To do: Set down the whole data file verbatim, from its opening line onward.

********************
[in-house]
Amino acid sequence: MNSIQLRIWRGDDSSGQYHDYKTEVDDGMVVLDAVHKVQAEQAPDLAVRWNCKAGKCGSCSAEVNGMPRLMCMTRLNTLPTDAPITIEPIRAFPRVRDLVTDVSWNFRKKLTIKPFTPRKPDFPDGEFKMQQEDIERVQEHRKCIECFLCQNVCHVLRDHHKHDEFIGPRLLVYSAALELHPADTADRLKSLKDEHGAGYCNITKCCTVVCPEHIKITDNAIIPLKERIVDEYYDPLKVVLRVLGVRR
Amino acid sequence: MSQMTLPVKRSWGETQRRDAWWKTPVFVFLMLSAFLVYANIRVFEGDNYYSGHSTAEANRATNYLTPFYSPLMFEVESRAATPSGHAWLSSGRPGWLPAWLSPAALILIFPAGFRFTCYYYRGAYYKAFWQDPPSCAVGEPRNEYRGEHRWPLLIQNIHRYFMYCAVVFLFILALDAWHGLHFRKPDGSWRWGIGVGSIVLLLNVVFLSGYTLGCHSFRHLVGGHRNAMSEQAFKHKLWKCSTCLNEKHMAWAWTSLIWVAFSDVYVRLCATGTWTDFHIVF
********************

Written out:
[in-house]
Amino acid sequence: MNSIQLRIWRGDDSSGQYHDYKTEVDDGMVVLDAVHKVQAEQAPDLAVRWNCKAGKCGSCSAEVNGMPRLMCMTRLNTLPTDAPITIEPIRAFPRVRDLVTDVSWNFRKKLTIKPFTPRKPDFPDGEFKMQQEDIERVQEHRKCIECFLCQNVCHVLRDHHKHDEFIGPRLLVYSAALELHPADTADRLKSLKDEHGAGYCNITKCCTVVCPEHIKITDNAIIPLKERIVDEYYDPLKVVLRVLGVRR
Amino acid sequence: MSQMTLPVKRSWGETQRRDAWWKTPVFVFLMLSAFLVYANIRVFEGDNYYSGHSTAEANRATNYLTPFYSPLMFEVESRAATPSGHAWLSSGRPGWLPAWLSPAALILIFPAGFRFTCYYYRGAYYKAFWQDPPSCAVGEPRNEYRGEHRWPLLIQNIHRYFMYCAVVFLFILALDAWHGLHFRKPDGSWRWGIGVGSIVLLLNVVFLSGYTLGCHSFRHLVGGHRNAMSEQAFKHKLWKCSTCLNEKHMAWAWTSLIWVAFSDVYVRLCATGTWTDFHIVF